Isoflavone Content of Soy Foods

The soy foods below are good sources of isoflavones. The serving sizes listed provide 30 to 50 milligrams per serving:

  • Soy flour (? cup)
  • Soy grits (? cup)
  • Soy nuts (1 ounce)
  • Soybeans (? cup, cooked)
  • Soymilk (1 cup)
  • Tempeh (? cup)
  • Tofu (? cup)

Recent studies of soy and breast cancer have shown mixedresults. In studies where women were given soy isoflavone supplements, some datasuggest a decrease in breast density in postmenopausal women but not amongpremenopausal women. (Breast density is a marker for breast cancer risk.) Otherstudies suggest that exposure to soy during puberty may be what helps preventestrogen-dependent cancers later in life.

“By far, the most promising area for soy againstcancer is with prostate cancer,” says Messina. In a study of men withprostate cancer at the Cancer Institute at Wayne State University, those whoreceived 77 milligrams daily of soy isoflavone supplements appeared toexperience a stabilization of the cancer.

Soy and Bone Health. Somestudies have found a slight bone-building benefit from soy isoflavones amongpost-menopausal women, while other studies have found no effect. Soy may notreplace bone that’s lost, but it may slow or even halt further bone loss.

According to Messina, soy may offer bone protection simplybecause it is a vegetable protein. If you replace just 15 grams of animalprotein daily with 15 grams of soy protein, you will cut back on calciumexcretion by about 15 milligrams. This translates to needing 150 milligrams lesscalcium daily.

Soy and Menopause. Despitethe observation that women going through menopause in Asian countries?wheresoy is plentiful in the diet?report few hot flashes, clinical trials show soydoes not consistently alleviate symptoms like hot flashes, night sweats andvaginal dryness. Hormone replacement therapy (HRT) is far more effective forthat. Still, soy taken along with HRT may enhance the benefits of each.”Soy may especially benefit women with low circulating estrogen,” saysAnderson.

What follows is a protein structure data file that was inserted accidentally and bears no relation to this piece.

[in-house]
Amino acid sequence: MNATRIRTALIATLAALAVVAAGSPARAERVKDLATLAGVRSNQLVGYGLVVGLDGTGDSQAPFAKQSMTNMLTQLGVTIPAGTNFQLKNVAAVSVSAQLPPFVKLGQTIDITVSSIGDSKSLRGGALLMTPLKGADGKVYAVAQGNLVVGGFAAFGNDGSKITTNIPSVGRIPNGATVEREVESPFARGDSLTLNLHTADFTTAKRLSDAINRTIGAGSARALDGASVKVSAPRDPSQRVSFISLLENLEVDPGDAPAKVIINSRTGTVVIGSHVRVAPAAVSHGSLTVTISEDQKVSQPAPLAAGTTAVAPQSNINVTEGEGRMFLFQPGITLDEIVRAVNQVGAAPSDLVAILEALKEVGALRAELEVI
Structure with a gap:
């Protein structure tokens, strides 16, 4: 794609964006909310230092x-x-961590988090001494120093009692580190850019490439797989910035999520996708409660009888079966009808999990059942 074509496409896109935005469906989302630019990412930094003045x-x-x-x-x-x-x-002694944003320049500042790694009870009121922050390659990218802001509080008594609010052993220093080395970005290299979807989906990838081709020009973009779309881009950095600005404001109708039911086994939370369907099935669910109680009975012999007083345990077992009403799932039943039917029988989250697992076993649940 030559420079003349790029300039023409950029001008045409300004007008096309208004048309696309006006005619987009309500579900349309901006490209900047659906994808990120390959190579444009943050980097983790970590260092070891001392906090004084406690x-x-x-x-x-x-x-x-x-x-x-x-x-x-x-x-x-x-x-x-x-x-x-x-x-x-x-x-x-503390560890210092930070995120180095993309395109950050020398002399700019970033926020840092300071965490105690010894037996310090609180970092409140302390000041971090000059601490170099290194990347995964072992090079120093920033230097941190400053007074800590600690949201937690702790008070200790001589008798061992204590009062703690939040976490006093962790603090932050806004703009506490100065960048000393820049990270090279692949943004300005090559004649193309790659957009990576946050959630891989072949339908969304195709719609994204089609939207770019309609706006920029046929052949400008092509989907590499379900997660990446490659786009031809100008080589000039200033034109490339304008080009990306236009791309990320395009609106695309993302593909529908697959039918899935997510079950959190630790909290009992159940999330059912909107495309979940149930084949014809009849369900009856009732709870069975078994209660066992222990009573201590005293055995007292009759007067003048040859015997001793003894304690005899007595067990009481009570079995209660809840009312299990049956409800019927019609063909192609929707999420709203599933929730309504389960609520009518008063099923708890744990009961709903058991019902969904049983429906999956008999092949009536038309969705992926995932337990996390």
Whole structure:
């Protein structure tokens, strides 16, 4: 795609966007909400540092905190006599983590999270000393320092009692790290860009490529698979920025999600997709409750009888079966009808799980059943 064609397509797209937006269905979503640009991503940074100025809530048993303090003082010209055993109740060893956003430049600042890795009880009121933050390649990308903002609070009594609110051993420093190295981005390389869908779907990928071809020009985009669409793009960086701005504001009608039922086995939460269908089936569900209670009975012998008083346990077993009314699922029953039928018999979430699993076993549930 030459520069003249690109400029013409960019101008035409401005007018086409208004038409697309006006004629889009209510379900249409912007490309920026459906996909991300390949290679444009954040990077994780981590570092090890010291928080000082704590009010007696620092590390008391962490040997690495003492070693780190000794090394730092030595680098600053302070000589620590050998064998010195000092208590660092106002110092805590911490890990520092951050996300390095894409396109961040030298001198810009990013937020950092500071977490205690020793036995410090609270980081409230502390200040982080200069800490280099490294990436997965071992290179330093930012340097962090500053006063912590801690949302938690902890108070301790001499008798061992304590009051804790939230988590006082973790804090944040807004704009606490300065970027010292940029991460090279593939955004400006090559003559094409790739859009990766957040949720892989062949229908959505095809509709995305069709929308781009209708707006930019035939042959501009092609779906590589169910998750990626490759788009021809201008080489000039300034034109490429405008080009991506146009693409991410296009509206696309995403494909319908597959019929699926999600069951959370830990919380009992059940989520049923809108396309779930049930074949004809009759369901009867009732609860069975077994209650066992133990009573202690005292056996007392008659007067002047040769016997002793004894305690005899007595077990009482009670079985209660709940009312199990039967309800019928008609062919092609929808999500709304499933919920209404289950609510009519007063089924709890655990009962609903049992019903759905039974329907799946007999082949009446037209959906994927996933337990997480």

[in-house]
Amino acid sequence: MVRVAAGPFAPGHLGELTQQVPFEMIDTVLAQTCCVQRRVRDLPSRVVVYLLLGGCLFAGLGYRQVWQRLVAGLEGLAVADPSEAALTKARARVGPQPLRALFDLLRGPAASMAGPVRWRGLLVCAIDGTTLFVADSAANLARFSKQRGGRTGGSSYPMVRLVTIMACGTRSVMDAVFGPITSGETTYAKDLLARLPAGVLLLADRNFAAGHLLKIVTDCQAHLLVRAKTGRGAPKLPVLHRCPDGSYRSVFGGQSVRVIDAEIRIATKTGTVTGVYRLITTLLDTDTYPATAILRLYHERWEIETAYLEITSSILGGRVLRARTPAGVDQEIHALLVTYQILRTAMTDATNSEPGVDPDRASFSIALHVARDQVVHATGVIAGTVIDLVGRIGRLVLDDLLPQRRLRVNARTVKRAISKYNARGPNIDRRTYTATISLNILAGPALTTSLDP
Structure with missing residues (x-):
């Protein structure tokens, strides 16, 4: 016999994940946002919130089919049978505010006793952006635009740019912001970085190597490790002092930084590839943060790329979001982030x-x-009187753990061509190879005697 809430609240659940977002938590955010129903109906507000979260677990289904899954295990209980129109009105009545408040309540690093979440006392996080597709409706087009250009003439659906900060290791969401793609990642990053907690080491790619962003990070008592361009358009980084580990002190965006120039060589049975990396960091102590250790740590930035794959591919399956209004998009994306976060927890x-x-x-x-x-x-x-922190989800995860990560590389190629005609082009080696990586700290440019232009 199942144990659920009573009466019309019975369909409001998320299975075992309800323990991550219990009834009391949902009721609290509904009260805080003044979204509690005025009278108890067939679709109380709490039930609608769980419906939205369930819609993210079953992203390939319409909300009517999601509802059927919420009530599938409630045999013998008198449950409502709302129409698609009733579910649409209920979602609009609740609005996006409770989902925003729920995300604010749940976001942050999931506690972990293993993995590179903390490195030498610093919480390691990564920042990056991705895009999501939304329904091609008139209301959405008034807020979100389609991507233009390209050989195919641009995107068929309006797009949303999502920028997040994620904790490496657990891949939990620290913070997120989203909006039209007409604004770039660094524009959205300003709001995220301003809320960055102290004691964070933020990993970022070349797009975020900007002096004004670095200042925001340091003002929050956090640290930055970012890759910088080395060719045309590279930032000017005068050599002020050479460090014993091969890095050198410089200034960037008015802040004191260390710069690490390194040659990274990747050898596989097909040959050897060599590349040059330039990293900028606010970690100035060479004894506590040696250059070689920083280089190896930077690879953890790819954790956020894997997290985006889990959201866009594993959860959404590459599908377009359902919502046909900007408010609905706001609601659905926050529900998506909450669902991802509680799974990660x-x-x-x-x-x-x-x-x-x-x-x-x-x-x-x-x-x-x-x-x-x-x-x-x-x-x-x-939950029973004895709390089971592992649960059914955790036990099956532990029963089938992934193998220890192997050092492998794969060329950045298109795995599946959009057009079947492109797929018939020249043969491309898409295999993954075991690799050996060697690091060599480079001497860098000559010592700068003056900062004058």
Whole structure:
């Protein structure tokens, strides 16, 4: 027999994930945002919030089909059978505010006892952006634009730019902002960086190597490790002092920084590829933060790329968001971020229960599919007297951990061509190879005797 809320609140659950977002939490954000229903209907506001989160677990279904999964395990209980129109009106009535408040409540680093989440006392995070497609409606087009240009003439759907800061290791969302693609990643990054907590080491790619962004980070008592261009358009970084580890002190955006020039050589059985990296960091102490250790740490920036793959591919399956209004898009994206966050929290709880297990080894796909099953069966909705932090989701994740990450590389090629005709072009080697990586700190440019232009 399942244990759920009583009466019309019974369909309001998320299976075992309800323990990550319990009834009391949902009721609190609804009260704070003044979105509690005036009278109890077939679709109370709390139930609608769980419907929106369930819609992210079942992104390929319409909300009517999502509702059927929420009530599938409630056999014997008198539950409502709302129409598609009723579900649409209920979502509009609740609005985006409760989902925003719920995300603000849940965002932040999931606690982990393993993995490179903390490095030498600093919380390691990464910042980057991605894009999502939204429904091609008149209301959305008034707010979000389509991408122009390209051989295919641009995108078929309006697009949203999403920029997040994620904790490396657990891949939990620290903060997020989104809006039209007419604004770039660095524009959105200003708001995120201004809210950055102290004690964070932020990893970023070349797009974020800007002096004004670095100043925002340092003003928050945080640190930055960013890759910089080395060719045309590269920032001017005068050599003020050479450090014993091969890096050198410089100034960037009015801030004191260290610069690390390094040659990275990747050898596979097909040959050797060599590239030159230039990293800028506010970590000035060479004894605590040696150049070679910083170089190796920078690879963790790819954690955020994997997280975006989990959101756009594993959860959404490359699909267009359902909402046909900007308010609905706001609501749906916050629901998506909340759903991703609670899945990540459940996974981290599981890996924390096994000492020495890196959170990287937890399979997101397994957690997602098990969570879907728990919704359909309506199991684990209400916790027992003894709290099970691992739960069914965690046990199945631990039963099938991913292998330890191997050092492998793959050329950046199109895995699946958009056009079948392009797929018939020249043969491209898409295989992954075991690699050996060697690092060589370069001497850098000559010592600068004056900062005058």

EN‘s Bottom Line.Despite all the good press, soy foods are not cure-alls. But they are healthyadditions to most people’s diets. That even includes people who have or havehad estrogen-dependent cancers, contends Messina, though EN cautions themto check with their doctors.

“But,” he adds, “there’s no reason to gooverboard and eat several servings of soy every day or load up on isoflavonesupplements.” Anderson advises striving to eat about two servings a day ofsoy foods (about 60 to 100 milligrams of isoflavones). There is probably nobenefit?and possibly a downside’to getting more than 100 milligrams ofisoflavones a day.

Of course, eating a varied diet rich in fruits,vegetables, whole grains?and soy?plus exercising regularly and maintainingideal weight, is the absolute best way to help prevent disease.

Some Soy Secrets

  • Choose soy foods and skip isoflavone supplements until more evidence is in.
  • If you have had breast cancer or are prone to thyroid problems or kidney stones, check with your doctor before loading up on soy foods?and especially before taking isoflavone supplements. Check with your pharmacist about interaction with thyroid medications.
  • If soy protein and isoflavone content are not on a product’s label, check the ingredient list. If soy is not one of the first three ingredients, the product probably doesn’t contain much.
  • If a soy food contains more than three milligrams of isoflavones per gram of soy protein, isoflavones have been added, but may not offer additional benefits because they aren’t naturally bound to protein.
  • Whole soy foods are virtually free of saturated fat and sodium, but processed soy foods may be high in sodium and may contain significant saturated fat.

J.W.